The onset of hostilities between Germany and Britain in August 1914 had a significant impact on the ability of the British aniline dye industry to meet the needs of both civilian and military clothing production, amongst other consumers. By February 1915 there was not much more than three months’ supply of dyes left in the United Kingdom. Furthermore, coal tar, from which aniline dyes derived, was also used in the manufacture of the explosive tri-nitrotoluene (TNT) and so supplies of coal tar were being diverted away from dye manufacture to the production of TNT.
Professor Arthur Green
Professor Arthur George Green was Chair of Tinctorial (Colour) Chemistry at the University of Leeds from 1903 to 1916.
Professor Green was one of the chemists invited to join a committee convened by the British Government under the stewardship of Lord Moulton. The committee was charged with solving the problems of chemical supplies needed for dyes and explosives.
The committee set up the state-funded British Dyes Limited to alleviate the aniline dye shortage, purchasing the dye manufacturer Read Holliday & Sons of Huddersfield and injecting capital of £1.7 million. Green’s attention was then turned to the demand for enhanced explosives production. Green developed a new and improved way of making picric acid: long used as a key component of explosives, this was also useful as an antiseptic and for burns treatment. The details of the new process he devised for synthesizing picric acid are described in the specification for his UK patent number 16,607, filed on 24 November 1915. This new process proved critical to Britain’s enhanced production of picric acid by 1917.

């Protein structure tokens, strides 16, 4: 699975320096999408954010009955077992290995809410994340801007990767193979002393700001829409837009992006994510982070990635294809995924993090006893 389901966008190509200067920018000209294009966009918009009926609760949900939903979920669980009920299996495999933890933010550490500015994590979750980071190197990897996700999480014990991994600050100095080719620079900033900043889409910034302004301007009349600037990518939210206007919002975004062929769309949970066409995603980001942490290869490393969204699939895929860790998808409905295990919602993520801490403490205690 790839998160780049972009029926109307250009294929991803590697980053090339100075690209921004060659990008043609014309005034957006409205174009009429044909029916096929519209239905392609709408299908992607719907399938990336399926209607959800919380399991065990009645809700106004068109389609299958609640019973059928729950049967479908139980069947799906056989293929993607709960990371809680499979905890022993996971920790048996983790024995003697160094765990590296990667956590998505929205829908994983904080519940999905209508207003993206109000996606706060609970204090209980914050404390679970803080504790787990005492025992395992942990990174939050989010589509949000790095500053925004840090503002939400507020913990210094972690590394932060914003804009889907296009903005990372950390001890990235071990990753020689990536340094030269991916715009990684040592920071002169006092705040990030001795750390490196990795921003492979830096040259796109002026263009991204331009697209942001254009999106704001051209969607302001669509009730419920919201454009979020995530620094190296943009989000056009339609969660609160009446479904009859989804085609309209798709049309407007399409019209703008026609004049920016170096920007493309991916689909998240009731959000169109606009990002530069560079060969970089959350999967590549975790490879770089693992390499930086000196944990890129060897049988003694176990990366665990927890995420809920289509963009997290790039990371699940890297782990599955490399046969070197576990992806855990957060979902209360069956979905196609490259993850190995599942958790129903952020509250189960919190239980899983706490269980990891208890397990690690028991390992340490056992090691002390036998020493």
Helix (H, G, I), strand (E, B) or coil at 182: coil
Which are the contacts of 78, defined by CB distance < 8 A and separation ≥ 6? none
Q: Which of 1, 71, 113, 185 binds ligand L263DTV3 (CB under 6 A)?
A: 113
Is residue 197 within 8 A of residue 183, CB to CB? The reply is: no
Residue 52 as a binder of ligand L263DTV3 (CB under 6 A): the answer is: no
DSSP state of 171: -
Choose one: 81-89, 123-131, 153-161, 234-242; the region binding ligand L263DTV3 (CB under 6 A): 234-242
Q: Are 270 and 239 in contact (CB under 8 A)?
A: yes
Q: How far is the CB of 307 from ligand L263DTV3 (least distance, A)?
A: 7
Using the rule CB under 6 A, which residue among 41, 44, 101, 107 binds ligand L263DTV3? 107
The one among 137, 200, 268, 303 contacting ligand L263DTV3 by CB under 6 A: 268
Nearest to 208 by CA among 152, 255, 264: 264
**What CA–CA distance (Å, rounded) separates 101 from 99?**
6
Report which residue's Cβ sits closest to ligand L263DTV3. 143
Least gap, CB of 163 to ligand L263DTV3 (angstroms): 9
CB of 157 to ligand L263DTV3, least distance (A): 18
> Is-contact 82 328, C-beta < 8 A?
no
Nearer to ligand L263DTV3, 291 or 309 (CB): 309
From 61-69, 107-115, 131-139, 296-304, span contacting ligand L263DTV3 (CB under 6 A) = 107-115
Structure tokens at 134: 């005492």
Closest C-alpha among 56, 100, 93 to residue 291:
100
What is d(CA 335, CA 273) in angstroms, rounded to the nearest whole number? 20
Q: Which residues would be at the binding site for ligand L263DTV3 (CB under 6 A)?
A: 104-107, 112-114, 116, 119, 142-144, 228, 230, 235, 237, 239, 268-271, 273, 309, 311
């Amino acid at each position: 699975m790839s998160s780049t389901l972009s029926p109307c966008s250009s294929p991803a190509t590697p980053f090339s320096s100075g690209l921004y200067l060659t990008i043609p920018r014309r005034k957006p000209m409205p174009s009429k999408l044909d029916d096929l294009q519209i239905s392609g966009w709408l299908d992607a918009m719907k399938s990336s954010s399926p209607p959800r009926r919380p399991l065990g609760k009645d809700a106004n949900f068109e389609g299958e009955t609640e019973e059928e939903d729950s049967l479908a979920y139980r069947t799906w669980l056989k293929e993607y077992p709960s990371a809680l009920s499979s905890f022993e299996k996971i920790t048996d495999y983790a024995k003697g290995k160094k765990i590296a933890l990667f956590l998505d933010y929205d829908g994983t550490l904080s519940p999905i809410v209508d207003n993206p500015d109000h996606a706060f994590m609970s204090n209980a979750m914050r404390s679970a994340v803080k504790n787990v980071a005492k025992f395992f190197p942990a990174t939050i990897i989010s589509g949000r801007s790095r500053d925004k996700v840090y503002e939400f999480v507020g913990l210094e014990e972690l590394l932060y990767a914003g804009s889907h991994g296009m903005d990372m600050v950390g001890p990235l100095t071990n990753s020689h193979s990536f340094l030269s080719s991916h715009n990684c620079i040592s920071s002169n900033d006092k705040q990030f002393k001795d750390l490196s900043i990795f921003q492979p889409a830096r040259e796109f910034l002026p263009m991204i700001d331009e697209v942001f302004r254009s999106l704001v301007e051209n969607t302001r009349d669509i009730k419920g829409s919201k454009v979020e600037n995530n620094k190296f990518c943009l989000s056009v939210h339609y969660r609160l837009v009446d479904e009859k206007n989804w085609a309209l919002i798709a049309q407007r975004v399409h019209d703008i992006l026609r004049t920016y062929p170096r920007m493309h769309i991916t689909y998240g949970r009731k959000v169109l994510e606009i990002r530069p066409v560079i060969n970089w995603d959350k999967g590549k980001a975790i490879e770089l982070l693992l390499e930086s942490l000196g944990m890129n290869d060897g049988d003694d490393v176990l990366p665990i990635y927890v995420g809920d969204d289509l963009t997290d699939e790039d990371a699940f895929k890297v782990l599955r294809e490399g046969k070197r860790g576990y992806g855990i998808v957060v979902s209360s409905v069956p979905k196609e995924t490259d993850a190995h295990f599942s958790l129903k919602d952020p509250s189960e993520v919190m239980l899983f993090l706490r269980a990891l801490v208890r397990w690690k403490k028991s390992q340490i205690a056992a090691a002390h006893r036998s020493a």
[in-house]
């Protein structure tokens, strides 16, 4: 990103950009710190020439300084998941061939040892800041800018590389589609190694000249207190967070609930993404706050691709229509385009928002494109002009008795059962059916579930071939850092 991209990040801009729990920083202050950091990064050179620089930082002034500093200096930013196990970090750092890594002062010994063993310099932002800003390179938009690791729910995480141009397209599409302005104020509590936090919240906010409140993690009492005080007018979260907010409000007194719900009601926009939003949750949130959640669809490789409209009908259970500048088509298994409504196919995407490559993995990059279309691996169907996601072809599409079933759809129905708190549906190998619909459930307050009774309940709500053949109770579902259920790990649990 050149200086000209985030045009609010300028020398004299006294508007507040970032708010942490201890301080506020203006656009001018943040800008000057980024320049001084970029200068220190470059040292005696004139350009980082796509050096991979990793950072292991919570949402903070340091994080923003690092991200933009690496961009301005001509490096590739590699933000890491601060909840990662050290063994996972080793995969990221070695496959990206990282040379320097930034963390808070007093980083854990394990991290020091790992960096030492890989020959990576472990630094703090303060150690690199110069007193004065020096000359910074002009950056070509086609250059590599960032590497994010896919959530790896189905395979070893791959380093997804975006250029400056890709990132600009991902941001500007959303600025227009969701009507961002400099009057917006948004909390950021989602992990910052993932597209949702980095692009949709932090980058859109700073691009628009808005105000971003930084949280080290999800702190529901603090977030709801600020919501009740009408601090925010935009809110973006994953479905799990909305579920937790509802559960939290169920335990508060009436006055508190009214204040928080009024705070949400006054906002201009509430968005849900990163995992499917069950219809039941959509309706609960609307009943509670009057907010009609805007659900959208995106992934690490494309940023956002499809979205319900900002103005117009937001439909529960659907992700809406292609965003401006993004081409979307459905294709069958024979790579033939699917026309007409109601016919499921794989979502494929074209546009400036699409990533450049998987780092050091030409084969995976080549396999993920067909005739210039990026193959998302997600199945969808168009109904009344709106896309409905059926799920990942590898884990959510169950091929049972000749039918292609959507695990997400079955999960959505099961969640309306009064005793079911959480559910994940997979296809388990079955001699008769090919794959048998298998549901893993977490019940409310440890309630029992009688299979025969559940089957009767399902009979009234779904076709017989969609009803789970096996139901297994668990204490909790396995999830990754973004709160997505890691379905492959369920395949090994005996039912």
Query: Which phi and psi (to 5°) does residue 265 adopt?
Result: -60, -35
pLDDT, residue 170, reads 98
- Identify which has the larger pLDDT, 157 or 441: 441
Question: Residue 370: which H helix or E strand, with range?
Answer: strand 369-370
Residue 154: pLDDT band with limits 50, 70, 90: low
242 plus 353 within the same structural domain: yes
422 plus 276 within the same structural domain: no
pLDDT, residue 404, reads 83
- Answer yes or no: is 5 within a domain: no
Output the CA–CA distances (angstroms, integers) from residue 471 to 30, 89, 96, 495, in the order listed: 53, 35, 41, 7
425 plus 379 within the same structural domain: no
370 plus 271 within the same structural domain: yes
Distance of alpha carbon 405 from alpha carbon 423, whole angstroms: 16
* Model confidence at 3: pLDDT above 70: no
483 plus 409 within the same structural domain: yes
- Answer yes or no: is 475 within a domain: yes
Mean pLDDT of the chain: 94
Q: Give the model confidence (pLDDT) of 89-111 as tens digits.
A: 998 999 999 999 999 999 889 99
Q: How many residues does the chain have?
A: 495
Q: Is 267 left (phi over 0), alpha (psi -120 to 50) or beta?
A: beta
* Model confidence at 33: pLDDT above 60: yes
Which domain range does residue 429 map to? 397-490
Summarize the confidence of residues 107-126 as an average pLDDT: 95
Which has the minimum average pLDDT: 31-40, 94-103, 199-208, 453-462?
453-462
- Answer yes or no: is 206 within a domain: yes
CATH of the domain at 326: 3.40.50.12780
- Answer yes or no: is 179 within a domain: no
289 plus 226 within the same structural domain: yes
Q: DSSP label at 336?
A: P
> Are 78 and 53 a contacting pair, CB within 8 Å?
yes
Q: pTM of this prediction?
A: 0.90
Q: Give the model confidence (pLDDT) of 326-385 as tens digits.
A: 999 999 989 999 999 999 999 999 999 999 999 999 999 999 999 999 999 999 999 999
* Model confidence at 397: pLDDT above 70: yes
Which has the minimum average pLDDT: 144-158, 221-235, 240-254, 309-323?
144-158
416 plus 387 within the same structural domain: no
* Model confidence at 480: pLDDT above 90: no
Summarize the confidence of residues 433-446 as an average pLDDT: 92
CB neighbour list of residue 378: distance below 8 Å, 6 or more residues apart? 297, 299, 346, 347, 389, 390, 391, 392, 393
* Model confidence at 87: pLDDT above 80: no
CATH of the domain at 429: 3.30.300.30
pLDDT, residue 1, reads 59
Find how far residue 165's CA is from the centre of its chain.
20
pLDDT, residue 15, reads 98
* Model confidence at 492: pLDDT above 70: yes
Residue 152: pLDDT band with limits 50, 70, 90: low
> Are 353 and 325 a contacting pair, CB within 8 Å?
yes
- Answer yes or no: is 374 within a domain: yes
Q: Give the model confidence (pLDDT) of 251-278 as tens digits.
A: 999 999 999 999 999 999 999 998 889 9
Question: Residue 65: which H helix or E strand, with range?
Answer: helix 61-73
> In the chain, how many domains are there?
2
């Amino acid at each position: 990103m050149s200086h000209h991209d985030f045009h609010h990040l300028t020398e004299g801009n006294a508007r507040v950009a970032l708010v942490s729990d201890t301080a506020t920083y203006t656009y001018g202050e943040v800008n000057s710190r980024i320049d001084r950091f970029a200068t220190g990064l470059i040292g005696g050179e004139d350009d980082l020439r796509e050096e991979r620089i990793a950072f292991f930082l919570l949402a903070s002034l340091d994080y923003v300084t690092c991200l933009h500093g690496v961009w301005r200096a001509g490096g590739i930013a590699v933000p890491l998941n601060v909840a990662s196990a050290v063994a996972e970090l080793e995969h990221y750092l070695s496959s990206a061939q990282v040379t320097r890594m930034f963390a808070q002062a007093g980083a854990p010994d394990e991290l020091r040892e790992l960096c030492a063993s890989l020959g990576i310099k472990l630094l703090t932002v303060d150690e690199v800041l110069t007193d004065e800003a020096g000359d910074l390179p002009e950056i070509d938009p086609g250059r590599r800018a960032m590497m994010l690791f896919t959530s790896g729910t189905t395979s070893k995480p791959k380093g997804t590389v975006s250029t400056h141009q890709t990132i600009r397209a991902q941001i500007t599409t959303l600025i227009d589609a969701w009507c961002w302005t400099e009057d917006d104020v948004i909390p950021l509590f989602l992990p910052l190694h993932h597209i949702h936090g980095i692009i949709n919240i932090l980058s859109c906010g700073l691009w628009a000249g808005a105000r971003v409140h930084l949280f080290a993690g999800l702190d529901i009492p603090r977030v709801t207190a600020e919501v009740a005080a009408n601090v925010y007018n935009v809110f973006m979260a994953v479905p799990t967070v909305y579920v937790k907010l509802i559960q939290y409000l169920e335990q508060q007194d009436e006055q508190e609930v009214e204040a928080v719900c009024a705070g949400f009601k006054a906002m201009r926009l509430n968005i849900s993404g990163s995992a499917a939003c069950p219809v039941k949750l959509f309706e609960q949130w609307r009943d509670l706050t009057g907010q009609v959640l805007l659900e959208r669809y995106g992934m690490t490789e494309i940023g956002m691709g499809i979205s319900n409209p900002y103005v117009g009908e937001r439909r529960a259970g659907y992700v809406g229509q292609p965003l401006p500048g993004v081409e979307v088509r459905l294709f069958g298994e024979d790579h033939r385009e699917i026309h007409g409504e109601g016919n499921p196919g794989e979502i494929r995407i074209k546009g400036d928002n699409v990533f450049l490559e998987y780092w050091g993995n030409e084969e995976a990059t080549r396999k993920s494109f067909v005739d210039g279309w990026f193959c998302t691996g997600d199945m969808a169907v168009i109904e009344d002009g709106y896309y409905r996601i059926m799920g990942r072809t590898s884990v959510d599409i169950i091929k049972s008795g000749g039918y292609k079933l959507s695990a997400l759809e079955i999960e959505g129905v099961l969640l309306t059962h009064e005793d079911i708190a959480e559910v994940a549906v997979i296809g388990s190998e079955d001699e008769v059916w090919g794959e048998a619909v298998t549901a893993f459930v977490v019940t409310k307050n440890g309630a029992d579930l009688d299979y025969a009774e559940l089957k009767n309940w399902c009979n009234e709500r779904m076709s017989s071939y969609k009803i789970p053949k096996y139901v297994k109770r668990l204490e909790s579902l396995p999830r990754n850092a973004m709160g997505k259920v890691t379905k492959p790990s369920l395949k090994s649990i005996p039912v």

Although Green’s connection with the University of Leeds ended in 1916, his war contributions did not cease when he moved to Manchester to establish the Dyestuffs Research Laboratory at the Manchester College of Technology.
Professor Arthur G. Perkin
Green’s successor as Professor of Colour Chemistry was Arthur George Perkin. Born on 13 December 1861, Perkin studied at the Royal College of Chemistry before spending a year at Anderson’s College in Glasgow. After several years as a chemist in industry, in 1892 he became lecturer and research chemist in the Dyeing Department of the Yorkshire College (known as the University of Leeds from 1904). He became brilliantly successful at investigating the structures and other properties of dyes and in 1903 was elected a Fellow of the Royal Society.
During the First World War he carried out investigations into explosives and related work, leading the University of Leeds-based team of research chemists working for British Dyes Limited. He was appointed Professor of Colour Chemistry at Leeds in 1915, in succession to Arthur Green and was Dean of the Faculty of Technology from 1922 to 1924. He remained at Leeds until his death in 1937.
Professor Arthur Smithells
Arthur Smithells was born at Bury, Lancashire, on 24 May 1860. He spent the long span from 1885 to 1923 as Professor of Chemistry in Leeds, where he began research work on flame chemistry – the structure of flames and their characteristic spectra. He was elected a Fellow of the Royal Society in 1901.
Smithells’ chief work during the First World War was instructing troops in gas warfare: he served as a visiting lecturer to the camps of the Northern Command and later served in London as Chief Chemical Advisor for Anti-Gas Training of the Home Forces, achieving the honorary rank of Lieutenant-Colonel. He was also noted for his lack of jingoism during the war: while serving as Vice-President of the Royal Society in 1916-1917 he strongly opposed attempts to remove German-born Arthur Schuster (Professor of Natural Philosophy at Manchester) as the Royal Society’s Secretary.
Smithells did much work after the war in developing public awareness of the dangers of gas warfare. To read more about Professor Smithells’ wartime work, click here.
With thanks to Professor Graeme Gooday, Debbie Slater and Lee MacDonald